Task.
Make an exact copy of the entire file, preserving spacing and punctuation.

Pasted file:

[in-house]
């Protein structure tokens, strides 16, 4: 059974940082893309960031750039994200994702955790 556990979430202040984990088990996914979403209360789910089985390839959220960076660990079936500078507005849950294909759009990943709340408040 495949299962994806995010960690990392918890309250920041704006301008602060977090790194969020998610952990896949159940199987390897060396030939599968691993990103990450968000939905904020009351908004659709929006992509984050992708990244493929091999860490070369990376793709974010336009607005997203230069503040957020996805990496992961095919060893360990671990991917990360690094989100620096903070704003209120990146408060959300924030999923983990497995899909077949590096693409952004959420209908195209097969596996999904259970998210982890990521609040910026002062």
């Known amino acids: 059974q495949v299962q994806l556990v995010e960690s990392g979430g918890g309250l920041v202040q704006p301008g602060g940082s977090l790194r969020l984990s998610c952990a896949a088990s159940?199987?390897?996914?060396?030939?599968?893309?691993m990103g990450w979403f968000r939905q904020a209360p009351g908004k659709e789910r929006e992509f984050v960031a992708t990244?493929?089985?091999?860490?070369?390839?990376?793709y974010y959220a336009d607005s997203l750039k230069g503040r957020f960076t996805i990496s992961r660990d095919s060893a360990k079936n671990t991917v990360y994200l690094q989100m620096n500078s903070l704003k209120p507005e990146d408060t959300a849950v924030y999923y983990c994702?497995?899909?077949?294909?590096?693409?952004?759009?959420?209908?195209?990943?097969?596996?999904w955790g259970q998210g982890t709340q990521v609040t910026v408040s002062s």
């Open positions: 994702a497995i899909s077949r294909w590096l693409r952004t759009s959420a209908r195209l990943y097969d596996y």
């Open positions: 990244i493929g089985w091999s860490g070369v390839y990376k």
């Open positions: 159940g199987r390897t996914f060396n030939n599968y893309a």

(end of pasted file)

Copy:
[in-house]
């Protein structure tokens, strides 16, 4: 059974940082893309960031750039994200994702955790 556990979430202040984990088990996914979403209360789910089985390839959220960076660990079936500078507005849950294909759009990943709340408040 495949299962994806995010960690990392918890309250920041704006301008602060977090790194969020998610952990896949159940199987390897060396030939599968691993990103990450968000939905904020009351908004659709929006992509984050992708990244493929091999860490070369990376793709974010336009607005997203230069503040957020996805990496992961095919060893360990671990991917990360690094989100620096903070704003209120990146408060959300924030999923983990497995899909077949590096693409952004959420209908195209097969596996999904259970998210982890990521609040910026002062």
């Known amino acids: 059974q495949v299962q994806l556990v995010e960690s990392g979430g918890g309250l920041v202040q704006p301008g602060g940082s977090l790194r969020l984990s998610c952990a896949a088990s159940?199987?390897?996914?060396?030939?599968?893309?691993m990103g990450w979403f968000r939905q904020a209360p009351g908004k659709e789910r929006e992509f984050v960031a992708t990244?493929?089985?091999?860490?070369?390839?990376?793709y974010y959220a336009d607005s997203l750039k230069g503040r957020f960076t996805i990496s992961r660990d095919s060893a360990k079936n671990t991917v990360y994200l690094q989100m620096n500078s903070l704003k209120p507005e990146d408060t959300a849950v924030y999923y983990c994702?497995?899909?077949?294909?590096?693409?952004?759009?959420?209908?195209?990943?097969?596996?999904w955790g259970q998210g982890t709340q990521v609040t910026v408040s002062s």
């Open positions: 994702a497995i899909s077949r294909w590096l693409r952004t759009s959420a209908r195209l990943y097969d596996y």
């Open positions: 990244i493929g089985w091999s860490g070369v390839y990376k």
């Open positions: 159940g199987r390897t996914f060396n030939n599968y893309a």